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Pakistan court finds former ambassador guilty of authoring secret memo

The Supreme Court of Pakistan [official website] on Tuesday found [order, PDF] former Pakistan ambassador to the US Husain Haqqani [official website; JURIST news archive] guilty of authoring the secret memo that implied Pakistani politicians were collaborating with US politicians. The memo was sent to US Admiral Mike Mullen [official website] in May of last year after Osama bin Laden [JURIST news archive] was killed by US forces [JURIST report]. The court's holding was based on the findings of a commission that revealed that Haqqani had no intention to live in the country, had no assets there, was not loyal to the country and had used $2 million annually received from the US government. The court requested Haqqani appear at the next hearing and noted that Haqqani had promised the judiciary when he left the country to return within four days upon such request. In January, the court had lifted [JURIST report] the travel ban imposed upon Haqqani after the memo in question was sent to Washington, DC. Haqqani resigned from his ambassador position when the allegations were made and when the court formed [JURIST report] the judicial committee to investigate who authored the memo. Haqqani plans to appeal Tuesday's decision stating that the whole investigation process was flawed and noting that he was not given full opportunity to provide his version of the facts surrounding the memo.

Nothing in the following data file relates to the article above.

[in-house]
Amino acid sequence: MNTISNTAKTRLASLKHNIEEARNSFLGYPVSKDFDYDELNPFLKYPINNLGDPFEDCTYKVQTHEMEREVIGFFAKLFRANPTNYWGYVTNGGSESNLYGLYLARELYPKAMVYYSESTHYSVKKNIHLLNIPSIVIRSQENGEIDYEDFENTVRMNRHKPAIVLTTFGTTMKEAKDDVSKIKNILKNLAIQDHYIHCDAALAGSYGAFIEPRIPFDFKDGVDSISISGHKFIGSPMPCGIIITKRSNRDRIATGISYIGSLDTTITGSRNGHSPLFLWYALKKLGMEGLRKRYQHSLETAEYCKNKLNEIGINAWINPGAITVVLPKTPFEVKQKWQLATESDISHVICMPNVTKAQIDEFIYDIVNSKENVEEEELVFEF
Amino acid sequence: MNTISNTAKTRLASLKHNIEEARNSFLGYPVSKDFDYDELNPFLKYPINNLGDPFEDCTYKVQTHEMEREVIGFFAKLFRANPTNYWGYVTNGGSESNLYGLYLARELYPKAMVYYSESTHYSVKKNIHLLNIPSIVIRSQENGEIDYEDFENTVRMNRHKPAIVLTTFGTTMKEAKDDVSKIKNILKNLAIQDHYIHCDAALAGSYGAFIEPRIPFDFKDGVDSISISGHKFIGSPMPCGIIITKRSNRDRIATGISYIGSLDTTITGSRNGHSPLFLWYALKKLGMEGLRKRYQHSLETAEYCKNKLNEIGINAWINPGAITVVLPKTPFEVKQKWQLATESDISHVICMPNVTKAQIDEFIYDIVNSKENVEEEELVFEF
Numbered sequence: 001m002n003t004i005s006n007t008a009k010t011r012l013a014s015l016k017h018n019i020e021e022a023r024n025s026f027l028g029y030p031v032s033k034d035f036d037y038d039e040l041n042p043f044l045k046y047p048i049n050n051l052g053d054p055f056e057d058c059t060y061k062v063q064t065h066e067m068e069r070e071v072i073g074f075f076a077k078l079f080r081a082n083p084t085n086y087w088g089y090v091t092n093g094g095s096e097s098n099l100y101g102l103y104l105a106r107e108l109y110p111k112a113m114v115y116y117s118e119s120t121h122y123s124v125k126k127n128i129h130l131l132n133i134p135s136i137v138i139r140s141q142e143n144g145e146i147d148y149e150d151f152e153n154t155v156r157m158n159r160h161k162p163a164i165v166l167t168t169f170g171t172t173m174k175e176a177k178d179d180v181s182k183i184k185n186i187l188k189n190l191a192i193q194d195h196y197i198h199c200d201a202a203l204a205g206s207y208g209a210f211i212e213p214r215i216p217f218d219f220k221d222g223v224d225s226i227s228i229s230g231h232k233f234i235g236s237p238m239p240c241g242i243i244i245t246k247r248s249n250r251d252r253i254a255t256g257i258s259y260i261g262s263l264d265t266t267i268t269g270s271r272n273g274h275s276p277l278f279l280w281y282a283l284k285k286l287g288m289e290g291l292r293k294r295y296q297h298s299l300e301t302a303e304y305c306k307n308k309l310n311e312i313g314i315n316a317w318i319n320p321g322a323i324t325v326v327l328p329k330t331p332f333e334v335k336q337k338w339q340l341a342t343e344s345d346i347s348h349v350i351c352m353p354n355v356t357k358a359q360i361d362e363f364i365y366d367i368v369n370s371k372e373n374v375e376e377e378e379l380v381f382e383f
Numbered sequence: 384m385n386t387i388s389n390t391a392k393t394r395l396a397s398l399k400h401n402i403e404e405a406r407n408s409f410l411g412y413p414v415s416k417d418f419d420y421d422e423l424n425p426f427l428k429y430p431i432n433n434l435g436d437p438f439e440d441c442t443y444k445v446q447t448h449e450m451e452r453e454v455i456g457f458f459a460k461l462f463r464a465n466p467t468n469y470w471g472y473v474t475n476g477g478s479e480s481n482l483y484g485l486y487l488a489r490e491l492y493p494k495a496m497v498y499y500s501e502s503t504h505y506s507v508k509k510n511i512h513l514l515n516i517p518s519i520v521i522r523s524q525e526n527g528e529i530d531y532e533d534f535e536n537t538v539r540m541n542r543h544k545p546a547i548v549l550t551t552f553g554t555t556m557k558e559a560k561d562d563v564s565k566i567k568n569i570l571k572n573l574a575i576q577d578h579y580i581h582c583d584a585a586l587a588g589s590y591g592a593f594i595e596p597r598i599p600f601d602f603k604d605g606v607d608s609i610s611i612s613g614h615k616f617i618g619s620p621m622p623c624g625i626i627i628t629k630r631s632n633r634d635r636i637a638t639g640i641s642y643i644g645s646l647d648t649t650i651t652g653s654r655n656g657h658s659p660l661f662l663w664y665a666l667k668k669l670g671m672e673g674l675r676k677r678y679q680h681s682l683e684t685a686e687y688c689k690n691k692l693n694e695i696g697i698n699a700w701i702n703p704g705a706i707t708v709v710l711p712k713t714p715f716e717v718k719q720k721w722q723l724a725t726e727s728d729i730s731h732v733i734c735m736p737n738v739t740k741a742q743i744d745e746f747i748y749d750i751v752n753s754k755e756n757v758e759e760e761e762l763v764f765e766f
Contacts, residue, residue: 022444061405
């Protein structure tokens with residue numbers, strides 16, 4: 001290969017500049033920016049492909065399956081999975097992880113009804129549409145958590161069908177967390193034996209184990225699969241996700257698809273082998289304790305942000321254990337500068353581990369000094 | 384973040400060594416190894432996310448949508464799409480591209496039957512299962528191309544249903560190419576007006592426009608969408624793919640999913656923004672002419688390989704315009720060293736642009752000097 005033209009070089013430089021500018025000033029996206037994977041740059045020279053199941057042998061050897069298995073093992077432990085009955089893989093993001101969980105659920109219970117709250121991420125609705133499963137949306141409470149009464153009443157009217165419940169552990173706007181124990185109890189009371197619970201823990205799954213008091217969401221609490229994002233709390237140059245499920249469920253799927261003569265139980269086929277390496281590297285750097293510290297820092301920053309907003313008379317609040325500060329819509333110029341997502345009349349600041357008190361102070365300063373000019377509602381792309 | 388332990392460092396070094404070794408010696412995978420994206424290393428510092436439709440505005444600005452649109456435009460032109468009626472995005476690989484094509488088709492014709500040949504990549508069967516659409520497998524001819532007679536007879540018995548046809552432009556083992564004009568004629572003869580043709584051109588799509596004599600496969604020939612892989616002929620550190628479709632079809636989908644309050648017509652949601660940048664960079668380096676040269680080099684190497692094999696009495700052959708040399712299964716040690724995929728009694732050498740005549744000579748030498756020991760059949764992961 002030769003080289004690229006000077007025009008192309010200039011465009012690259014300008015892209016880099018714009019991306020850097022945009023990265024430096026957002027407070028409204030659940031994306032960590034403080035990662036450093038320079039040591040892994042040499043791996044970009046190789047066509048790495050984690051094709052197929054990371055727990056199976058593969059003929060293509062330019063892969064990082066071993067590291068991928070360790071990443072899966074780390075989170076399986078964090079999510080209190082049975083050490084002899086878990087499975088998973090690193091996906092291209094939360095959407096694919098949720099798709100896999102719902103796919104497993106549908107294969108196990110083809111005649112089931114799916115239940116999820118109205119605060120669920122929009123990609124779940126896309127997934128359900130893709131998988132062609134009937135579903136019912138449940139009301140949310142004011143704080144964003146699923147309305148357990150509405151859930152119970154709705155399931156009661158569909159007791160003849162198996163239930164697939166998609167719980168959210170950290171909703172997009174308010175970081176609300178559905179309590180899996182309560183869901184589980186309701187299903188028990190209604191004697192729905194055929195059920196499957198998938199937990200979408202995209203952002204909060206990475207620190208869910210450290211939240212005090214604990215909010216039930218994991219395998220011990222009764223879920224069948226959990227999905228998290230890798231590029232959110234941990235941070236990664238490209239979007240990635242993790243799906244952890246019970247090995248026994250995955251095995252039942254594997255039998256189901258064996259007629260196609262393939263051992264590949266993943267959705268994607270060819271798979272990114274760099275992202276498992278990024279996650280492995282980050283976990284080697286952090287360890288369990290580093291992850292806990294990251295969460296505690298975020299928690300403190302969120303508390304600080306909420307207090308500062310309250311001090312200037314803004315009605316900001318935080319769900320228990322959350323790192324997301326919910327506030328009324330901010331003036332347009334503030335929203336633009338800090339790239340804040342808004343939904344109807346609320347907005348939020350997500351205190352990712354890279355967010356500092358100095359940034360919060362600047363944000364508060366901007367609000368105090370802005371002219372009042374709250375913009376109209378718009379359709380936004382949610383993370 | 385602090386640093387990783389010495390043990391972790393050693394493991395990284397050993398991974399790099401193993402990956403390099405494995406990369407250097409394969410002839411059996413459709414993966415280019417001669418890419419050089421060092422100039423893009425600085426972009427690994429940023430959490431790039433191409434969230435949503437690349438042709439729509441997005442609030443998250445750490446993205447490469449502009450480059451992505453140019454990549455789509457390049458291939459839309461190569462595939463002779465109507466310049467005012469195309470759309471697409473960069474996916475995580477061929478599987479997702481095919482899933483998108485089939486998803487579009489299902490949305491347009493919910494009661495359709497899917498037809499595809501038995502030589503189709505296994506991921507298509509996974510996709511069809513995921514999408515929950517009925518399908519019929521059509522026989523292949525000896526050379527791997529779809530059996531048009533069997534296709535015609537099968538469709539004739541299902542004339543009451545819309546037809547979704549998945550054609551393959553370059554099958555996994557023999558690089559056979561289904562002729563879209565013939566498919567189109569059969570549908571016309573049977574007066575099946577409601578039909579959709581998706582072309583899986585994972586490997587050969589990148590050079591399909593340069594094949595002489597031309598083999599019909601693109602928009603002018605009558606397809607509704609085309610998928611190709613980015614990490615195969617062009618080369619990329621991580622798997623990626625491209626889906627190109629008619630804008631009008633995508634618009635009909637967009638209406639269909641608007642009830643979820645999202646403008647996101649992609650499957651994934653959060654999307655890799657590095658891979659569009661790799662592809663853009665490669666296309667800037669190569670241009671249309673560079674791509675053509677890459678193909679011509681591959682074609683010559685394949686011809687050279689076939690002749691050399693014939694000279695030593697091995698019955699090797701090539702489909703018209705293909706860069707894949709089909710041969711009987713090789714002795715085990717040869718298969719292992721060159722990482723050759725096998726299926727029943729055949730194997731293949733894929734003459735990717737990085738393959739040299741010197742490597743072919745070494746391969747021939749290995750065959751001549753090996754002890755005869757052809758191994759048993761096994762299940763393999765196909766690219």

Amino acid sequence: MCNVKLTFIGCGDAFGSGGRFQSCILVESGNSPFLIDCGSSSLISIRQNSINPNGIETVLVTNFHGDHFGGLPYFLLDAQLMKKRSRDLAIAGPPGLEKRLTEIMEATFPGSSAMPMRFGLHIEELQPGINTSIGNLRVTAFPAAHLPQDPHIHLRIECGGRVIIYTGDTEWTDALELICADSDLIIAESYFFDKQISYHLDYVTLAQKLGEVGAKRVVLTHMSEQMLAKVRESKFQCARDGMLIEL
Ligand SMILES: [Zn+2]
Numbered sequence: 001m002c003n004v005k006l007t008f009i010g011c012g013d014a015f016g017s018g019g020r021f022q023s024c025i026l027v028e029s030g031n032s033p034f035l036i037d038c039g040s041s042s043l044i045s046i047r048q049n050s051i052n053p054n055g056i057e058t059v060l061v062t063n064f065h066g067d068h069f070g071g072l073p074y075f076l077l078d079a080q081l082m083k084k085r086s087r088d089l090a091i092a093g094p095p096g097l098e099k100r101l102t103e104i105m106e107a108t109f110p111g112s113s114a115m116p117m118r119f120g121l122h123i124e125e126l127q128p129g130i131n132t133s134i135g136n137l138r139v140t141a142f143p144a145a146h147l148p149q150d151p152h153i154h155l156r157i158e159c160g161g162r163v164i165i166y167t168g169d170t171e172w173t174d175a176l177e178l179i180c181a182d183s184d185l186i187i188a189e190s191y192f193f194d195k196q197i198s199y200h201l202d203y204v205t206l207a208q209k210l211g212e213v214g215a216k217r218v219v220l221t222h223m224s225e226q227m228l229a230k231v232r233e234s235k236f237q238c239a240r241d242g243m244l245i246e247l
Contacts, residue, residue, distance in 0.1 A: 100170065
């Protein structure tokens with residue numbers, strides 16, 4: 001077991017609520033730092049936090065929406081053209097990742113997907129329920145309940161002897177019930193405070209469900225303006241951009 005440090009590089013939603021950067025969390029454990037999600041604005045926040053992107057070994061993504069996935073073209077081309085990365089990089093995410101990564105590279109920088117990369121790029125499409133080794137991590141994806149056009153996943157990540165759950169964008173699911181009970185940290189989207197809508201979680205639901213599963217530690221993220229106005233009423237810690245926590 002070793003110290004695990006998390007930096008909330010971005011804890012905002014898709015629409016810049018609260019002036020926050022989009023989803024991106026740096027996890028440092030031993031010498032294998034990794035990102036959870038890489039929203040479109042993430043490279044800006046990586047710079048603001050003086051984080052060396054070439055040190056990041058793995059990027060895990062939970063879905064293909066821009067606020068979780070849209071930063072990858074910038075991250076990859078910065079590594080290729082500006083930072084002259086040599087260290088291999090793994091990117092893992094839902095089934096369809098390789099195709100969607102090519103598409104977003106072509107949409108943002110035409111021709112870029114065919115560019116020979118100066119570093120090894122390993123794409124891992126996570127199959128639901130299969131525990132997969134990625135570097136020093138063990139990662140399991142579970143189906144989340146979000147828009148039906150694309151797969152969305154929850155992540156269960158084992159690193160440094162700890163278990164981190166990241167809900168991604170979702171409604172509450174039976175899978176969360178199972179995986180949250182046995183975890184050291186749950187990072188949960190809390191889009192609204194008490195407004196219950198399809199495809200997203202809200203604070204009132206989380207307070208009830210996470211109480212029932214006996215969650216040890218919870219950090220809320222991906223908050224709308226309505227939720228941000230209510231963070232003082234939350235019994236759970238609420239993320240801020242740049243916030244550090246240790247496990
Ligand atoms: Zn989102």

The alliance between Pakistan and the US became vulnerable after the controversial killing of Bin Laden by US forces in Pakistan. In May, a Pakistani doctor who helped the US government to find Bin Laden was convicted [JURIST report] for his association to a Pakistani militant group, not for his ties to the US Central Intelligence Agency (CIA) [official website], as was originally reported [JURIST report].

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